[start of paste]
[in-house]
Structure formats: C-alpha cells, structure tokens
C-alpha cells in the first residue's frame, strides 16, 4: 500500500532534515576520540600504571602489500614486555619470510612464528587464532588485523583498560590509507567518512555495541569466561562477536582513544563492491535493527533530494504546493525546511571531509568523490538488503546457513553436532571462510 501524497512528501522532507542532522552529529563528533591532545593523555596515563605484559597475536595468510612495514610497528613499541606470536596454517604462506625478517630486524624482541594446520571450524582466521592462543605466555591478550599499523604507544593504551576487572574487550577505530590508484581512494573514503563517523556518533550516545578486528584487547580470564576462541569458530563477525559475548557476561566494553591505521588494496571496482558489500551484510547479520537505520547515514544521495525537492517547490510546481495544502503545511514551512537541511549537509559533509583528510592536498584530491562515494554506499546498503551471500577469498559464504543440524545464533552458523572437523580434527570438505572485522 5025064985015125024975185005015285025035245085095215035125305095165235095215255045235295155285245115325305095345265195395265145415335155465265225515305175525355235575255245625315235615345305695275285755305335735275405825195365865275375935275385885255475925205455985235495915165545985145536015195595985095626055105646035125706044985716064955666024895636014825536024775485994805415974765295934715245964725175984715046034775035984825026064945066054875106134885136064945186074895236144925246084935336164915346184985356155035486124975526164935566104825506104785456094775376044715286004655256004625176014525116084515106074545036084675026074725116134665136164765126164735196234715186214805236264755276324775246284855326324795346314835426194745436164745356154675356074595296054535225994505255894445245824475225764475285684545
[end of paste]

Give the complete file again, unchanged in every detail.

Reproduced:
[in-house]
Structure formats: C-alpha cells, structure tokens
C-alpha cells in the first residue's frame, strides 16, 4: 500500500532534515576520540600504571602489500614486555619470510612464528587464532588485523583498560590509507567518512555495541569466561562477536582513544563492491535493527533530494504546493525546511571531509568523490538488503546457513553436532571462510 501524497512528501522532507542532522552529529563528533591532545593523555596515563605484559597475536595468510612495514610497528613499541606470536596454517604462506625478517630486524624482541594446520571450524582466521592462543605466555591478550599499523604507544593504551576487572574487550577505530590508484581512494573514503563517523556518533550516545578486528584487547580470564576462541569458530563477525559475548557476561566494553591505521588494496571496482558489500551484510547479520537505520547515514544521495525537492517547490510546481495544502503545511514551512537541511549537509559533509583528510592536498584530491562515494554506499546498503551471500577469498559464504543440524545464533552458523572437523580434527570438505572485522 5025064985015125024975185005015285025035245085095215035125305095165235095215255045235295155285245115325305095345265195395265145415335155465265225515305175525355235575255245625315235615345305695275285755305335735275405825195365865275375935275385885255475925205455985235495915165545985145536015195595985095626055105646035125706044985716064955666024895636014825536024775485994805415974765295934715245964725175984715046034775035984825026064945066054875106134885136064945186074895236144925246084935336164915346184985356155035486124975526164935566104825506104785456094775376044715286004655256004625176014525116084515106074545036084675026074725116134665136164765126164735196234715186214805236264755276324775246284855326324795346314835426194745436164745356154675356074595296054535225994505255894445245824475225764475285684545